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In today's digital era, companies entrusted with our personal data are compelled to transform into impenetrable fortresses of security. This critical responsibility is reinforced by strict regulatory standards aimed at safeguarding customer data, privacy, and promoting fair practices. Authorities like the Financial Conduct Authority (FCA) impose stringent cybersecurity risk management obligations, placing the onus on senior management to fortify defences and shield against relentless cyber threats.

Cybercriminals, with their ever-watchful eyes and innovative tactics, constantly seek out security vulnerabilities to exploit. These weaknesses, if unpatched, can open the floodgates to breaches that may have devastating consequences. Regular software updates and patch cycles are critical, acting as the higher wall to cybercriminals' taller ladders, by fixing known vulnerabilities and enhancing security measures against these adaptive threats.

The repercussions of cybersecurity breaches extend far beyond immediate financial loss. Regulatory fines, especially those concerning personal data breaches, can be punitive. Moreover, the reputational damage from such incidents can have a lasting impact. Client trust, the cornerstone of financial institutions, can quickly erode if their data is compromised, leading to dissatisfaction, attrition, and significant reputational harm.

Constant threat

An easy to attitude to adopt is that “no one would be interested in my company”, “we are not one of the large players, who would bother to attack us?”.

This is misleading and dangerous for several key reasons. Firstly, cyber attackers often use automated tools to scan the internet for vulnerabilities, targeting any and all exposed systems without discriminating based on the perceived value or size of the target. This means that every entity connected to the internet, regardless of its size or industry, is at risk.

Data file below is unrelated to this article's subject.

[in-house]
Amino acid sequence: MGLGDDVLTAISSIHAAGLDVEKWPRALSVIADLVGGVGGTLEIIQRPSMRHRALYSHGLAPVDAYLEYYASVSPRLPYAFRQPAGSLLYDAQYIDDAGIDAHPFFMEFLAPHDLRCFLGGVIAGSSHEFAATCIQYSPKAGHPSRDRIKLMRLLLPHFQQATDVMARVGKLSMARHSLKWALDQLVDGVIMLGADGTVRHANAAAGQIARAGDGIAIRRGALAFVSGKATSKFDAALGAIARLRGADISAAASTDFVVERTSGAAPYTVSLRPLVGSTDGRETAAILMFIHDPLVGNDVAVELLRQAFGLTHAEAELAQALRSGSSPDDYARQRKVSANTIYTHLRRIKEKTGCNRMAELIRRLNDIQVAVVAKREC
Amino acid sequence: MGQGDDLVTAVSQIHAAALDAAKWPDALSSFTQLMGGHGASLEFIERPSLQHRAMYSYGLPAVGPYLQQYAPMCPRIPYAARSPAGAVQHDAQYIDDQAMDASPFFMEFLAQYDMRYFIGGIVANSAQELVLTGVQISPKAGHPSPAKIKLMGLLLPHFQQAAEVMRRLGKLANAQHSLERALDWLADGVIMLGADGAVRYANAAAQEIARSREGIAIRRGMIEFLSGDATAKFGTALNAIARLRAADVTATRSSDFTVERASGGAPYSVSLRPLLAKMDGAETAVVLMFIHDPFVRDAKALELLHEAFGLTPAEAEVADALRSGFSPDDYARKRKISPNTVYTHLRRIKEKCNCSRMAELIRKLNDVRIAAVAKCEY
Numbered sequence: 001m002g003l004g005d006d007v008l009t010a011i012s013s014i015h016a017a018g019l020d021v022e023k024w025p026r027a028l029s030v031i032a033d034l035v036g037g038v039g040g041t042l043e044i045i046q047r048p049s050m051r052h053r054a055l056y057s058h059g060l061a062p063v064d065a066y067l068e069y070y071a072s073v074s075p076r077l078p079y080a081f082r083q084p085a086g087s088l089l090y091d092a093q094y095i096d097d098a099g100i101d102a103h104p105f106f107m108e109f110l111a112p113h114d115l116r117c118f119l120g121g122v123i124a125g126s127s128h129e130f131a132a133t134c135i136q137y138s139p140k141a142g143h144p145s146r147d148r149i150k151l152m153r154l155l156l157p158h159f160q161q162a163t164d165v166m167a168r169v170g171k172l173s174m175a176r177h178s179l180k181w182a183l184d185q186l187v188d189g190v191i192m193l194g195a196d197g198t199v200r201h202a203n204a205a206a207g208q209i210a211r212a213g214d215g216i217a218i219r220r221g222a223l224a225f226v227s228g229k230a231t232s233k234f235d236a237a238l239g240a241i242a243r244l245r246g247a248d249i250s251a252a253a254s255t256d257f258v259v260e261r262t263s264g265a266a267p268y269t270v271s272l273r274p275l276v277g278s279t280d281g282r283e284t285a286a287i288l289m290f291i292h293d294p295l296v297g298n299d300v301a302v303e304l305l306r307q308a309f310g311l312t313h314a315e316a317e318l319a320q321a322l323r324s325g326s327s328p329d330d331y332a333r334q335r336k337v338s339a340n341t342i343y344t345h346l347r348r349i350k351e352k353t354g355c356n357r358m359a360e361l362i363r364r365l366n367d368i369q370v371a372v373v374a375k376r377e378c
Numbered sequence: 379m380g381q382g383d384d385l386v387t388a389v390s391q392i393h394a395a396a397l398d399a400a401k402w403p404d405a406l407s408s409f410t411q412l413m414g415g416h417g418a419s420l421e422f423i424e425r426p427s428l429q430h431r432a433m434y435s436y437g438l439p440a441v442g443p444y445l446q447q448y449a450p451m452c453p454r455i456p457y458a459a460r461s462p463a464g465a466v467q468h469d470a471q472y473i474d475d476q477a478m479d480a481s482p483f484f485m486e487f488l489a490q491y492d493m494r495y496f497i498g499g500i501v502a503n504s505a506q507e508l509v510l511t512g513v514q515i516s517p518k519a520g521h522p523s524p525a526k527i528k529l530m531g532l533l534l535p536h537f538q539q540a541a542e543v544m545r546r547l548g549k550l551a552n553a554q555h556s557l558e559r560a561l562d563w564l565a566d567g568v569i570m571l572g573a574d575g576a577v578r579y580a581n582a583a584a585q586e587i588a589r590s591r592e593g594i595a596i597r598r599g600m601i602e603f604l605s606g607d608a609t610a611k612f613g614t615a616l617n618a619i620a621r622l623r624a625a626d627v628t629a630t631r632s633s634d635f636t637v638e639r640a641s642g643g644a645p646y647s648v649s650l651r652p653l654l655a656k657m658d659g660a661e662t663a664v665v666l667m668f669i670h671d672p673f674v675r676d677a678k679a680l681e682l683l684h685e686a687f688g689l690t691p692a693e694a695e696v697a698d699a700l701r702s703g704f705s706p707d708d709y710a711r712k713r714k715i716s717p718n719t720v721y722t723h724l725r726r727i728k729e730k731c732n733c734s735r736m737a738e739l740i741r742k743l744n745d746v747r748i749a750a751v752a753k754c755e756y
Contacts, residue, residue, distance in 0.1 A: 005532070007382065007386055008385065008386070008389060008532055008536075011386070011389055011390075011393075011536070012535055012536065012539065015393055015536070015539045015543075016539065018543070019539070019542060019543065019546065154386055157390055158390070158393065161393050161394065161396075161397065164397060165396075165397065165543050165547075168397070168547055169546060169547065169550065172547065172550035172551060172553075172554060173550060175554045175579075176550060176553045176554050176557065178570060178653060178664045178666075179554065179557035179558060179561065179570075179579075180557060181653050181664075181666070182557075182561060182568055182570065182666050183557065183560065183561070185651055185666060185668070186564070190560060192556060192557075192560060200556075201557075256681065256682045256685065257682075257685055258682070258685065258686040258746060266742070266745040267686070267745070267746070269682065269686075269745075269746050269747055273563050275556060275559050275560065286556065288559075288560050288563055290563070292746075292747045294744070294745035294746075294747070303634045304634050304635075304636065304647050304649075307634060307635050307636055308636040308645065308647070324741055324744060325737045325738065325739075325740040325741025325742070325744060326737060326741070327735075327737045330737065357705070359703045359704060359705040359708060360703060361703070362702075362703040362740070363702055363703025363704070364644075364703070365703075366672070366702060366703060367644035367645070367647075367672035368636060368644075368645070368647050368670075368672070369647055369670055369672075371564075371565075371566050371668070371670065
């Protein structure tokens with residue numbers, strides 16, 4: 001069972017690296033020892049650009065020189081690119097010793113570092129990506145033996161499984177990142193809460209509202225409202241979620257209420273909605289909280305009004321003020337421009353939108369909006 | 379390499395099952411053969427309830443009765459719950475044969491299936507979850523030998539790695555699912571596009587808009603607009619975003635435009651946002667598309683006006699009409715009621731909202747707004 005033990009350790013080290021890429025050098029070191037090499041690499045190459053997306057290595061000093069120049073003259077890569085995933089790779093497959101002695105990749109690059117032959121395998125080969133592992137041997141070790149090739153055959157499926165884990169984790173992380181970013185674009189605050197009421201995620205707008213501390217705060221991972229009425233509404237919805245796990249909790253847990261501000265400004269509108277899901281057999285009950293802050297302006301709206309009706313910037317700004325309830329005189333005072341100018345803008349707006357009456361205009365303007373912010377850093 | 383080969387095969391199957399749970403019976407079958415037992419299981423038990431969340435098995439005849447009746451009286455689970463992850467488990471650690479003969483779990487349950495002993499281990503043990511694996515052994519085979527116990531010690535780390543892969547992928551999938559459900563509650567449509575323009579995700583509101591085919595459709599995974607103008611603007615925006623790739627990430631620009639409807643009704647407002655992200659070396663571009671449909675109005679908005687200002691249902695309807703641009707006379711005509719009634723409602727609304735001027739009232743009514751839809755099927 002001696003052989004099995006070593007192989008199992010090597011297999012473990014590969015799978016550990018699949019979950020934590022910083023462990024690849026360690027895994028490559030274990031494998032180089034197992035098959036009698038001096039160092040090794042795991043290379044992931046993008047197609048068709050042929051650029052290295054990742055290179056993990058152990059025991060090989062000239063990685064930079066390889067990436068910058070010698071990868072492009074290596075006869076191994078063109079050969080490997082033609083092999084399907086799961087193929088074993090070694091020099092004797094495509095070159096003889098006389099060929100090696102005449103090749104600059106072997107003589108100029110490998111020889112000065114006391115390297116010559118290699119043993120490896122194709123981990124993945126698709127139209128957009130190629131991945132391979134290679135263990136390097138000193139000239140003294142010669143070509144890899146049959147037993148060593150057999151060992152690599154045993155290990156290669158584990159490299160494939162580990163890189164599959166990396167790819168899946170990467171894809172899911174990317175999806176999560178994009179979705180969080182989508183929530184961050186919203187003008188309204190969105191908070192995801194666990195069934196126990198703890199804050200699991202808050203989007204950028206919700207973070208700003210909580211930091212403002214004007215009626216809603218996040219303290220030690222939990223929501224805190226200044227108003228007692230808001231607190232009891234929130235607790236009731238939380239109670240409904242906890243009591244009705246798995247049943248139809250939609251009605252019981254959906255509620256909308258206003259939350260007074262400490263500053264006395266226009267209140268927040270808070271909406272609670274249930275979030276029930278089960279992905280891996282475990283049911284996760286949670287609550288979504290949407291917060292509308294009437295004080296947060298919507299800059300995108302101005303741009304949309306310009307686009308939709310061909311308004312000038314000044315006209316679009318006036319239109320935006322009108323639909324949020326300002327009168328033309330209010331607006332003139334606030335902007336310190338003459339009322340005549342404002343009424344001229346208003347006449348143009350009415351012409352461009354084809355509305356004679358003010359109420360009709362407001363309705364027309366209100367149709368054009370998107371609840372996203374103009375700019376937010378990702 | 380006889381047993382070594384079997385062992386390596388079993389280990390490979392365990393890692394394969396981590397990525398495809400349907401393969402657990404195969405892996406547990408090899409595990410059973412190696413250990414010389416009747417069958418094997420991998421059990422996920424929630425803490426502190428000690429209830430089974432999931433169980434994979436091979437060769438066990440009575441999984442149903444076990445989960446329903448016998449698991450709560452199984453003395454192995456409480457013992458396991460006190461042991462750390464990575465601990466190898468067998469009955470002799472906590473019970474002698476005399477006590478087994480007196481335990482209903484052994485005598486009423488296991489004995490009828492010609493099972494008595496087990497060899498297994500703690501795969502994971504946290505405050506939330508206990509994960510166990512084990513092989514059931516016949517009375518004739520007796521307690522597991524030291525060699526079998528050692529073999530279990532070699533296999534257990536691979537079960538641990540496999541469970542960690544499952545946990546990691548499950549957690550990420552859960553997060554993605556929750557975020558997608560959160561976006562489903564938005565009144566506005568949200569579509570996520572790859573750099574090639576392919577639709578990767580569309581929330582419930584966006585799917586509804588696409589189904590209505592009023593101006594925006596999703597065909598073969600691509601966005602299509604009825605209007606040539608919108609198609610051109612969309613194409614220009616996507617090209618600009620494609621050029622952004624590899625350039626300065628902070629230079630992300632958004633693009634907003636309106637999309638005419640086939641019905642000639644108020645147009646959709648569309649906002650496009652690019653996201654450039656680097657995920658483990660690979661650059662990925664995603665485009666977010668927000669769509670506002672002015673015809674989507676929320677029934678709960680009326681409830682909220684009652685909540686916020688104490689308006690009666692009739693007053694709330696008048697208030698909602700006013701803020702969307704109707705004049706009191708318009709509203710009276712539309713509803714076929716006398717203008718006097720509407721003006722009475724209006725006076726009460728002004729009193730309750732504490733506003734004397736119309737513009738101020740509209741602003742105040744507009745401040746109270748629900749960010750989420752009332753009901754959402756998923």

Common Vulnerabilities and Exposures (CVEs) are published publicly, intended to benefit well-meaning individuals and organisations by informing them of known weaknesses in systems and software. However, this same information is also accessible to those with malicious intent, who may exploit these vulnerabilities for harmful purposes. The creation of automated scripts to exploit these vulnerabilities can be surprisingly straightforward, requiring minimal technical expertise. This dual-edged nature of CVE publication underscores the importance of timely patching and security vigilance.

These attacks transcend geographical boundaries and occur around the clock. Once the scripts are developed, they tirelessly scan the internet, targeting any machine they identify as vulnerable.

Continuous development

In an environment where cyber threats evolve with daunting speed and complexity, the concept of cyber hygiene must also progress continuously. It's not sufficient to establish a set of practices and consider the job done; cyber hygiene is a dynamic process, necessitating ongoing refinement and enhancement to counteract new and emerging threats.

Cyber hygiene is not solely the responsibility of IT departments; it encompasses the entire organisation. Developing a culture of security awareness where every employee understands their role in safeguarding the company's digital assets is vital. Continuous development in this area involves regular training sessions, updates on the latest phishing tactics and scams, and fostering an environment where security is everyone's concern. See our article on combating phishing

A critical aspect of continuous development in cyber hygiene is the incorporation of feedback loops. This involves analysing the outcomes of security measures, identifying weaknesses, and learning from security incidents. By understanding what worked and what didn't, organisations can refine their cyber hygiene practices, making them more robust over time. (See our article on how to develop a blameless culture for security incidents).